Friends of Guildford Hotel spokesman Ben Allen said on radio last week that the new graffiti was ‘very disturbing.’
‘It reflects the growing anger and frustration in the community, with the government’s inactivity on the building,’ he said.
‘There have been a distinct lack of banners with the owners and MPs and we held off on that because it’s a community issue but the lack of banners mean that we have now this unfortunate visual pollution in the community.
‘The (City of Swan) Mayor is in discussion with various members of the community and they control that, not us. We would want someone with a paint brush to get rid of what’s there now,’ Mr Allen said.
The City of Stirling is thought to be the first council in WA to approve an amendment to allow it to undertake early intervention towards heritage-listed buildings, which have fallen into disrepair, by forcing owners to pay for repairs.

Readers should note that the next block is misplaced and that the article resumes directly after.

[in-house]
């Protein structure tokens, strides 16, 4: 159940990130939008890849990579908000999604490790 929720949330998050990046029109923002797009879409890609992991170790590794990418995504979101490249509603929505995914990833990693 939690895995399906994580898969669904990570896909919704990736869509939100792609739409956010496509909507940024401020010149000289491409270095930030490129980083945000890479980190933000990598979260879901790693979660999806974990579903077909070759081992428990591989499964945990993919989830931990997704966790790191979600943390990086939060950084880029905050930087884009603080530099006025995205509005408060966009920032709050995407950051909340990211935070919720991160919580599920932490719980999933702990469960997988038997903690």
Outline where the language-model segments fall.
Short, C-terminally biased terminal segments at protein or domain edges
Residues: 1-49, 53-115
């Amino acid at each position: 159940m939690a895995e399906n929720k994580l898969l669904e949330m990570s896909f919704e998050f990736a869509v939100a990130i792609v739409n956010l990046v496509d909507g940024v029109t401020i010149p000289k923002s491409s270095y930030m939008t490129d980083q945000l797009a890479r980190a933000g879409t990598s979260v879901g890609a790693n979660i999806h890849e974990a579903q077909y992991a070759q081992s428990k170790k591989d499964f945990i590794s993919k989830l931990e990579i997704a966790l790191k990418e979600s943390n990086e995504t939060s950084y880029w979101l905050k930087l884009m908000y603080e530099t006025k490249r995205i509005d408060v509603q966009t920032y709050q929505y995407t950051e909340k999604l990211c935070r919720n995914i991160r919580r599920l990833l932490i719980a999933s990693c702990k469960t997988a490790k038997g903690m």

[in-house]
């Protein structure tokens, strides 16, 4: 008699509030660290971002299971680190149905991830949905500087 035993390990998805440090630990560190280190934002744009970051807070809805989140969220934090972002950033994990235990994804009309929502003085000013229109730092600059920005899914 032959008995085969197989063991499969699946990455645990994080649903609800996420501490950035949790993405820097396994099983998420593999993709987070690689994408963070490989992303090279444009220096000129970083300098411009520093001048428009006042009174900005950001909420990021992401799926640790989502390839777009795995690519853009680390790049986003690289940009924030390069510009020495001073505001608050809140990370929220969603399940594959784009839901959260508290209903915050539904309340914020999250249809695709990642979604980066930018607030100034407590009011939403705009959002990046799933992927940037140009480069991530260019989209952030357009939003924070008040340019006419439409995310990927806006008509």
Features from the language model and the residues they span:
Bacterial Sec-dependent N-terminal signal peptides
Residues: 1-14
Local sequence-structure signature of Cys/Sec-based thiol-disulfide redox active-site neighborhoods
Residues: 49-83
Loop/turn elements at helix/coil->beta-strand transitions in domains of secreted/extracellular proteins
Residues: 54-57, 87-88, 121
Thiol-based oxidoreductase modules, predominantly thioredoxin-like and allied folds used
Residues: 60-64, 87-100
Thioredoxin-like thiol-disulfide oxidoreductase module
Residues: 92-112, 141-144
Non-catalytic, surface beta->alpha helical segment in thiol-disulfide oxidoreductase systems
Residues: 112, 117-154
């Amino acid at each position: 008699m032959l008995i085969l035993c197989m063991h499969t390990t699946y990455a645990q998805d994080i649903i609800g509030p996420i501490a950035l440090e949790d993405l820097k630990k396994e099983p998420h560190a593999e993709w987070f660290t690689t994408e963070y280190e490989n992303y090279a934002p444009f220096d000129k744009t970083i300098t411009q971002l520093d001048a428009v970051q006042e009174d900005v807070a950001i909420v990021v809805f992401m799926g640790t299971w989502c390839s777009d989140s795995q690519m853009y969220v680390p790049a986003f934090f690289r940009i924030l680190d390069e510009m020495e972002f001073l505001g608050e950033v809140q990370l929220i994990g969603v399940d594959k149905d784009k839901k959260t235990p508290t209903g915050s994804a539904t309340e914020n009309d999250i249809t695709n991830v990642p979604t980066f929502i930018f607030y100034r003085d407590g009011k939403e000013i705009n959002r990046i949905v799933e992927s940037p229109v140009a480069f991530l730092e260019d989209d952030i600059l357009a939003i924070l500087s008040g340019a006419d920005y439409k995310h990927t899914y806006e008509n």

The amendment was put in place to counter what is called ‘demolition by neglect’ where the owner of a heritage-listed building would allow it to become so dilapidated that it would be demolished, allowing the owner to build a new property in its place.
Stirling councillor David Boothman said if the WA Planning Commission approved the amendment, the City of Stirling would be given statutory powers to intervene when a heritage building was being neglected, regardless of it being a primary residence or not.
‘It will empower Stirling with statutory powers, not currently provided in the City’s Local Planning Scheme, to adequately respond to residents’ concerns when a nearby heritage property is clearly being neglected with the aim of demolition by the owner,’ Cr Boothman, the former Stirling Mayor, said.
‘If the amendment is supported by the WAPC, it is recommended that the City develop a management practice to guide the use of the provisions, including the factors to be considered and financial hardship may be one of these. It is also noted that serving a notice would be a last resort,’ Cr Boothman said.
Guildford resident Andrew Kylie said he had recently moved to the area from Sydney.
‘There are better ways to express peoples’ love for the building than graffiti,’ he said.
‘Flowers are better than spray cans.
‘This is a great place and we don’t want to lose this old building.’